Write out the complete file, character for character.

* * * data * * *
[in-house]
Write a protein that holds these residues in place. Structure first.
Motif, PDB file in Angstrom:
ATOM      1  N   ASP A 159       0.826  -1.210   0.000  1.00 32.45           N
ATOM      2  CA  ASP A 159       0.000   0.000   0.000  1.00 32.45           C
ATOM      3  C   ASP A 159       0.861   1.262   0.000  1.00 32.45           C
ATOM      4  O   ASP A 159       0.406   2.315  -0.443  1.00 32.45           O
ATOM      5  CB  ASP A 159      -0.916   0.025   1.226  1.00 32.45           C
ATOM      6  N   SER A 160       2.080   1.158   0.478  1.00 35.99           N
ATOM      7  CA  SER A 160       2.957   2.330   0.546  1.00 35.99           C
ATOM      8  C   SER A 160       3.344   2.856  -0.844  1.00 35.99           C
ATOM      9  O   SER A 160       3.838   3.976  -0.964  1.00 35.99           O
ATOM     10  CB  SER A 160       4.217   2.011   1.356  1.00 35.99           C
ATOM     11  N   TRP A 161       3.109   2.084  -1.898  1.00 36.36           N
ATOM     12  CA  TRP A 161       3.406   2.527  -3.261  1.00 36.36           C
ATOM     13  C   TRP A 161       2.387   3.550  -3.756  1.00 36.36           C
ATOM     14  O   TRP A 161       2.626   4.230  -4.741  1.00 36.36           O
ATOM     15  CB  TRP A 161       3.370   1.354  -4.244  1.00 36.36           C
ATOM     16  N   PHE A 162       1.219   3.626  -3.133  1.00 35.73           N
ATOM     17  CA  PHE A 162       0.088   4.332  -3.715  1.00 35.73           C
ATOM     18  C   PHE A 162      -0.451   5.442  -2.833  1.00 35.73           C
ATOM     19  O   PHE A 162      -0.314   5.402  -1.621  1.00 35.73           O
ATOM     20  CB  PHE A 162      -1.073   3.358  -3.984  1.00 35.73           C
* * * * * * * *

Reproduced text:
[in-house]
Write a protein that holds these residues in place. Structure first.
Motif, PDB file in Angstrom:
ATOM      1  N   ASP A 159       0.826  -1.210   0.000  1.00 32.45           N
ATOM      2  CA  ASP A 159       0.000   0.000   0.000  1.00 32.45           C
ATOM      3  C   ASP A 159       0.861   1.262   0.000  1.00 32.45           C
ATOM      4  O   ASP A 159       0.406   2.315  -0.443  1.00 32.45           O
ATOM      5  CB  ASP A 159      -0.916   0.025   1.226  1.00 32.45           C
ATOM      6  N   SER A 160       2.080   1.158   0.478  1.00 35.99           N
ATOM      7  CA  SER A 160       2.957   2.330   0.546  1.00 35.99           C
ATOM      8  C   SER A 160       3.344   2.856  -0.844  1.00 35.99           C
ATOM      9  O   SER A 160       3.838   3.976  -0.964  1.00 35.99           O
ATOM     10  CB  SER A 160       4.217   2.011   1.356  1.00 35.99           C
ATOM     11  N   TRP A 161       3.109   2.084  -1.898  1.00 36.36           N
ATOM     12  CA  TRP A 161       3.406   2.527  -3.261  1.00 36.36           C
ATOM     13  C   TRP A 161       2.387   3.550  -3.756  1.00 36.36           C
ATOM     14  O   TRP A 161       2.626   4.230  -4.741  1.00 36.36           O
ATOM     15  CB  TRP A 161       3.370   1.354  -4.244  1.00 36.36           C
ATOM     16  N   PHE A 162       1.219   3.626  -3.133  1.00 35.73           N
ATOM     17  CA  PHE A 162       0.088   4.332  -3.715  1.00 35.73           C
ATOM     18  C   PHE A 162      -0.451   5.442  -2.833  1.00 35.73           C
ATOM     19  O   PHE A 162      -0.314   5.402  -1.621  1.00 35.73           O
ATOM     20  CB  PHE A 162      -1.073   3.358  -3.984  1.00 35.73           C